eat up money, hold seminars and don't have anything to do with real
      life in the country.

      For example, a "human rights activist" was recently arrested there -
      he was called a human rights activist because he headed one of the
      NGO's. And he was arrested for provoking the violent unrest. Also,
      he had close ties with the US ambassador Stephen Young.


      [and the following: what a load of BS whitewash - NED etal directed
      this rev. I LOVE Condie 'denouncing violence'.]

      Labor Solidarity Makes the Call By Eli Lake
      The New York Sun Friday 25 March 2005

      Washington - The workday ended uncharacteristically early for
      the head of the American Center for International Labor Solidarity
      in Bishkek, Kyrgyzstan, yesterday.

      At 2 p.m., in the middle of a seminar she was conducting for the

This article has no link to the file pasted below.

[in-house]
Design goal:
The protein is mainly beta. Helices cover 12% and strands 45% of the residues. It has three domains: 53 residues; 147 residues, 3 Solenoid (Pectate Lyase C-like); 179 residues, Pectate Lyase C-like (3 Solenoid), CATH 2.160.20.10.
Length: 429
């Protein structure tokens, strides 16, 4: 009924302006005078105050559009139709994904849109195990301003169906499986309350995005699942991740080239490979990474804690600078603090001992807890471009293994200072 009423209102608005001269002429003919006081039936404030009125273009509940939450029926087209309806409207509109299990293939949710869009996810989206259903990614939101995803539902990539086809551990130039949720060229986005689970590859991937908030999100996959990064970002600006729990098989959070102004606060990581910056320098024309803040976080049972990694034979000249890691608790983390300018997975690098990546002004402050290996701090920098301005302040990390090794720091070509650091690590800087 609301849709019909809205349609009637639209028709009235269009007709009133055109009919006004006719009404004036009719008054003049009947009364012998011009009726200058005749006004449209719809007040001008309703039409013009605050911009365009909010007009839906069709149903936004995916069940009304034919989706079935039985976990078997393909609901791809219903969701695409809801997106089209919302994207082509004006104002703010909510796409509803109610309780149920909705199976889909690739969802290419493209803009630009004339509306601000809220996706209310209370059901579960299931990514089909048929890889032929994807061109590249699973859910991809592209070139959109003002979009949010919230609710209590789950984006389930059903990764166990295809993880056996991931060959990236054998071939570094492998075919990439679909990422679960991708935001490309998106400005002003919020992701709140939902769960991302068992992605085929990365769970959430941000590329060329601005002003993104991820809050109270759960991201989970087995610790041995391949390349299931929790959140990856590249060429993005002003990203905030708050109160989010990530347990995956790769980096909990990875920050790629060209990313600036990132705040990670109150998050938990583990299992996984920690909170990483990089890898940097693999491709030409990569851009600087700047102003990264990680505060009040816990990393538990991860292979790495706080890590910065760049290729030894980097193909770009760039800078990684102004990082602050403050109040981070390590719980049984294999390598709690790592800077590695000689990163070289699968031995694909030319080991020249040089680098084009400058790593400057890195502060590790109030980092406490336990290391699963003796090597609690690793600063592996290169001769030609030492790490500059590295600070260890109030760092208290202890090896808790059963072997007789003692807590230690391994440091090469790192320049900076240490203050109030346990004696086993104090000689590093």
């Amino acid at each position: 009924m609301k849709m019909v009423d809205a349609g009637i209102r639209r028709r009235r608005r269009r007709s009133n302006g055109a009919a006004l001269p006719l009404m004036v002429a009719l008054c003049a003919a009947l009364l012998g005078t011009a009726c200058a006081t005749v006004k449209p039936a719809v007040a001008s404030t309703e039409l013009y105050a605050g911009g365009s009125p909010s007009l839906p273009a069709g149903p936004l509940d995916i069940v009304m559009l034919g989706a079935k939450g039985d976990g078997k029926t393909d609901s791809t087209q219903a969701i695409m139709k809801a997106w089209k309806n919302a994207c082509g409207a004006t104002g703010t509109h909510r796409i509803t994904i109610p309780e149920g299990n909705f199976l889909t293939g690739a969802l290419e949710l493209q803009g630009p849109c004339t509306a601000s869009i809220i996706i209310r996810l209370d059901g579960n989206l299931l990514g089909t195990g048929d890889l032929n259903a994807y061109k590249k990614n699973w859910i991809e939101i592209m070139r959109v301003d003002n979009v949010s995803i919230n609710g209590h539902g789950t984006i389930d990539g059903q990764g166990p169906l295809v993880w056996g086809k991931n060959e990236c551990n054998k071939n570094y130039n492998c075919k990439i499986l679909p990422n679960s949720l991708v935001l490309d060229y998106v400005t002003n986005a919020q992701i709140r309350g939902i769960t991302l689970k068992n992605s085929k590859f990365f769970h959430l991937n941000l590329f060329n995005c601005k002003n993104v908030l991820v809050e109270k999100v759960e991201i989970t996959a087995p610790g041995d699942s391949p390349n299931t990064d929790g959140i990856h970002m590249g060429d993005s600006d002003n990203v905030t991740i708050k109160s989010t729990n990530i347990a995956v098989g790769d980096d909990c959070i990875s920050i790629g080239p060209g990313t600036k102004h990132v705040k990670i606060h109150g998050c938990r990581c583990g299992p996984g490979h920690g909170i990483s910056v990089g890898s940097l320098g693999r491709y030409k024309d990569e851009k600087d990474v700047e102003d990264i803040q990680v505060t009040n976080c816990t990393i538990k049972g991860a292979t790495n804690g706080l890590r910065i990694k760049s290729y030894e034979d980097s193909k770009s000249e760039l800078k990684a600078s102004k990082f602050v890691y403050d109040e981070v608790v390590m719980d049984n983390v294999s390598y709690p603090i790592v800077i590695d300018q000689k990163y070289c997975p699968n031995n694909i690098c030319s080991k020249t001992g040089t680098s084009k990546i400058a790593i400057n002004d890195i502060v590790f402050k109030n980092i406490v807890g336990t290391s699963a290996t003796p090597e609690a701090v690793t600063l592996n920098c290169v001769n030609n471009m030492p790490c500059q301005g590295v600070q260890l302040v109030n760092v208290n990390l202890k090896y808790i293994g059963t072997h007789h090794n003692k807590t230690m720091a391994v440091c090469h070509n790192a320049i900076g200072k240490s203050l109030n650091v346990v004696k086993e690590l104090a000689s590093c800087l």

heads of Kyrgyz trade unions, she was interrupted. The trade unions
      chiefs were summoned away for a crucial meeting during which they
      had to decide on the spot whether they would support the government
      that would replace the one that had just fallen.

      The union leaders decided they would. And in a note sent to its
      Washington headquarters, the head of the American Center for
      International Labor Solidarity, who asked that her name not be
      published, concluded, "The revolution seems to be over, the
      opposition has taken control."

      That was a far more accurate assessment of the events on the
      ground than the State Department guidance, which assured reporters
      here that Foggy Bottom was "monitoring the situation" and "working
      closely" with Russia and the Kyrgyz Republic's authoritarian
      neighbors. Secretary of State Rice denounced reports of violence in